aster, I thought, "What if I can skate less far less fast?" Now how is that possible? Well, I'll show you in a minute, but first, I gotta give you a couple statistics about the sport. Here are the Olympic finals from the winter Olympic games, I show it to you for two reasons, not my games, but look at the margin of difference between the gold and silver medal after a lifetime of practice. Two one-hundredths of a second. Take a look at first to tenth place. So, the difference between the gold medal and a hero's welcome, and being sent back to Siberia for four more years because you got tenth place at the Olympic games, is the difference between these two claps. (claps twice) Ten people in that space. After a lifetime. So, really small margins in the sport, which also means that small improvements can lead to great things. And the other thing about it is that the physics of it are quite amazing. So, I'm gonna teach you guys to speed skate in three simple steps; we'll do the easy part, the medium part, and then the hard part. And I'll need two volunteers for the hard part, but not yet. So first we'll just get you up, get relaxed, and, ladies in the short skirts shouldn't do this. But, we're gonna get up, and we're gonna get feet shoulder width, hands behind your back, and weight on your heels, toes pointed forward, and then quads parallel to the floor like this. And then once you're down, down lower and lower, and then lower, and then on one leg. (all laughing) So then we hold that for a few minutes, okay. So that's the easy part. Okay, good job, Phil. Oh, okay. (laughs) You were gonna go for it. So, we won't make you do the medium part, but the medium part is you have to do that while traveling 31 miles an hour on an 18-inch long blade that's one millimeter wide, while turning left heading directly at a wall. So, leaning over at 68 degrees. So, the hard part is this, and I'll need two volunteers, who can volunteer? Come on up, and come on up. So we'll have you stand here, and Daniel will stand behind you so you can stand right there. Stand kind of like obliquely sideways like that. Okay, good, and I'm gonna get you back into position one, not yet. Balance on one foot with your hands behind your back, okay, but not yet. So, here's, uh, here's the hard part about this sport. So the hard part is you're traveling, you're traveling 35 miles an hour into a corner, and two seconds later you travel 35 miles an hour out of the corner. That's zero to 70 in two seconds, which no car on the planet can do. If you do the g-force analysis of that, it's v squared over r gets you three g's. So it's triple your body weight in the corners. Okay, so we're leaning back, hands behind the back, legs, uh, feet shoulder width. I feel like you at the training camp. (laughs) And then, uh, down and then on one leg and when you're ready, get you good and balanced, good, yep, and then both Daniel and I are gonna climb on your back and you lift us up, okay. (scattered laughter) I'm just kidding, okay, okay, you can stand up. But that's what it would be. Okay, so, I'll just, I'll break it all the way down for you. Because of the g-forces, it's triple your body weight, so it's like having two people on your back in the middle of a corner. So you break it all the way down, it is for a 166 pound skater, there's a 500 pound, one-legged squat from deeper than 90 degrees while leaned over at 68 degrees while traveling 35 miles an hour on an 18-inch long, one millimeter-wide blade on ice, headed directly at a wall. It's hard, do we agree? Alright, nice job. Good job. So, because of this g-force equation, we had all, in the sport, adapted and adopted a change in our technique, much like NASCAR, to set up wide for a corner and go tight in the middle and instead of wide coming out, skating approximately 10% farther than strictly necessary, by the construct of the track. And I thought to myself, "Well, wait, "what if I could do this, what if I could "skate less far and less fast, what if "I could dive into each corner "and then kinda coast the straightaways", it would take a huge pulse of power for about every two to three seconds, every five seconds, to be able to do this. The only thing in the world I'm good at. So, I started trying it. So I'm all on my own in Milwaukee, starting to skate this way, and I manage to get through a few months of this and then I heard the rumblings from the team that people were unhappy, and why does he get to do his own thing, and so I decided to drive to a training camp in Lake Placid to join the team for a week just to sort of smooth things over, and I got there after driving 18 hours, got on the ice, did a two hour workout. As I was getting off the ice, the coach skated over, and he was like, "I'm sorry, John, but the team and coaches have voted and you have to go home." My own team voted me off the island. And this is the thing, is when you go your own way, in any kind of system or organization, there's the tendency for that organism to reject you. And the same can happen if you're trying to innovate at work. The antibodies will come out of the system and it will find a way to reject this new change. But that's why you have to have the resiliency piece to be ready to face that down. I took the hit, I drove home, I was really upset, but it was probably one of the best things that happened to me, 'cause training on your own is pretty hard, and, but everyday after that I would get up and give Lake Placid the single finger salute and get on the ice, and I didn't miss a workout after that for the rest of the year.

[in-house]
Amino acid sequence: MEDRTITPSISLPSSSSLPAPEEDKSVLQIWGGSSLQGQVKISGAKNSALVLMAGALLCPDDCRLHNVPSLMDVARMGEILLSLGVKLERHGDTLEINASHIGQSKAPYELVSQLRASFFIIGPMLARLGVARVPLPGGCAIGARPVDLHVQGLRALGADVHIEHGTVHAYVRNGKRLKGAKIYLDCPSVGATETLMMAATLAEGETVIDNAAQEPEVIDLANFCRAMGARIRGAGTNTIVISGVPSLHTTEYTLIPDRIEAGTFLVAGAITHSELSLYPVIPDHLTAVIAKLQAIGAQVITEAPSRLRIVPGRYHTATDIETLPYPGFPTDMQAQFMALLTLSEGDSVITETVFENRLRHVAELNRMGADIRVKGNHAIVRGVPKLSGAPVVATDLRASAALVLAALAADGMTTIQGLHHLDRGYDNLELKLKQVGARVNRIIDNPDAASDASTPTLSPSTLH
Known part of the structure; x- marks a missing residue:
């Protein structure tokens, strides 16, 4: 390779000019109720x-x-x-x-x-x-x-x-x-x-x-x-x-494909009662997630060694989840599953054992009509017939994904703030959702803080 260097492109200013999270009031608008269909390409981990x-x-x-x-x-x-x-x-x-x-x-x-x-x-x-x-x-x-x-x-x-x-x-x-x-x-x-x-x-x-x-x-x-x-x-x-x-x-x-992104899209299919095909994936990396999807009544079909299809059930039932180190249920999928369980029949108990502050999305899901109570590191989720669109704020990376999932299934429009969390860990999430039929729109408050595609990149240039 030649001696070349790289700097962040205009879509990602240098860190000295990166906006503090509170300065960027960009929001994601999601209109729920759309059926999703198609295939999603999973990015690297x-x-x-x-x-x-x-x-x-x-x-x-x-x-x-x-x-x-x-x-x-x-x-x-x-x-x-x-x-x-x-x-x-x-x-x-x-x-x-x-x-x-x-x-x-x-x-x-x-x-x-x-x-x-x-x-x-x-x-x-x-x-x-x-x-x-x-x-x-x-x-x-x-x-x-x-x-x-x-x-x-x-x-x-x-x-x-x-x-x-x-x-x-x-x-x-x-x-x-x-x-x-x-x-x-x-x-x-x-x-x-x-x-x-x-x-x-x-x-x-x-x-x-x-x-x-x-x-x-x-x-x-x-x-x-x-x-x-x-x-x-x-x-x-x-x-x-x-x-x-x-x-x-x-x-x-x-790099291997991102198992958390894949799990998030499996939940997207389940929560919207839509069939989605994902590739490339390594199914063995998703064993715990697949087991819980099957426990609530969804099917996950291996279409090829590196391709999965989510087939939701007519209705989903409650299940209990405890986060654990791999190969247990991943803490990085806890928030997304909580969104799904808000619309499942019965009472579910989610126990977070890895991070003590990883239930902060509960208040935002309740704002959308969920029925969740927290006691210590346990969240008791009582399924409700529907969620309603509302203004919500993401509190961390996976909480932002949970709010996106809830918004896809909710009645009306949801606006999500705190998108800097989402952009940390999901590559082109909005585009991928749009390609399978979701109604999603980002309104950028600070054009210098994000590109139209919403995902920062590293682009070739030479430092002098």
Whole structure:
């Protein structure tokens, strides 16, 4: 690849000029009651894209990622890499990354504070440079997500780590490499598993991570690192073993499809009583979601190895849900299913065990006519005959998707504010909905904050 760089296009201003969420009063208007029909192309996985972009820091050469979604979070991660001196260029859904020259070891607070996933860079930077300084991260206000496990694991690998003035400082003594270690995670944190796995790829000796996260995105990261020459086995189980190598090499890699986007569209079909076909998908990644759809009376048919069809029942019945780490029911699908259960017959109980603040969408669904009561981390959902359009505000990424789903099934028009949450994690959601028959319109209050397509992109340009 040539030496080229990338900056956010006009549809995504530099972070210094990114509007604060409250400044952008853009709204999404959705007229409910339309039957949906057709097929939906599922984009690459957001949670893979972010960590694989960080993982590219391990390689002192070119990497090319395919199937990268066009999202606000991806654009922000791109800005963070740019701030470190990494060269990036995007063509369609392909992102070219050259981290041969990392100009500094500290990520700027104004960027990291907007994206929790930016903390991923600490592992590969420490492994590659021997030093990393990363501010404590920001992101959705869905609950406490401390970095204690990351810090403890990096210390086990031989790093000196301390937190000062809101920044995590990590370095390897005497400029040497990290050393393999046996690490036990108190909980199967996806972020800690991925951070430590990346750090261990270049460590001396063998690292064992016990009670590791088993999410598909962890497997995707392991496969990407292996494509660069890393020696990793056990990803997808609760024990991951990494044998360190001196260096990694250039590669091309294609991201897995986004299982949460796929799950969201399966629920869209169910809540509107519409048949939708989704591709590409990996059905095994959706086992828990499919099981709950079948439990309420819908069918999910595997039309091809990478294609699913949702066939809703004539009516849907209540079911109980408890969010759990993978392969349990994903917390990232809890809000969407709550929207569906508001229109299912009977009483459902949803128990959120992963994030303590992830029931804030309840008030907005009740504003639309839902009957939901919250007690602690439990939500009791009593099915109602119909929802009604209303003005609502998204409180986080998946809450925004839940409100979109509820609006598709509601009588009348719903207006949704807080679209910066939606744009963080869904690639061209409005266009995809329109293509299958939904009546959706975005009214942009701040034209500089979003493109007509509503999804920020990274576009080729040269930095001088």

Ratings and Reviews

Daniel Viscovich
 

This class was fantastic. I appreciate John's insights and his discussion of design thinking, a process that now that I have learned it, makes so much sense! This has been an amazing course that will impact my decisions in life and work for the rest of my career. Thank you John!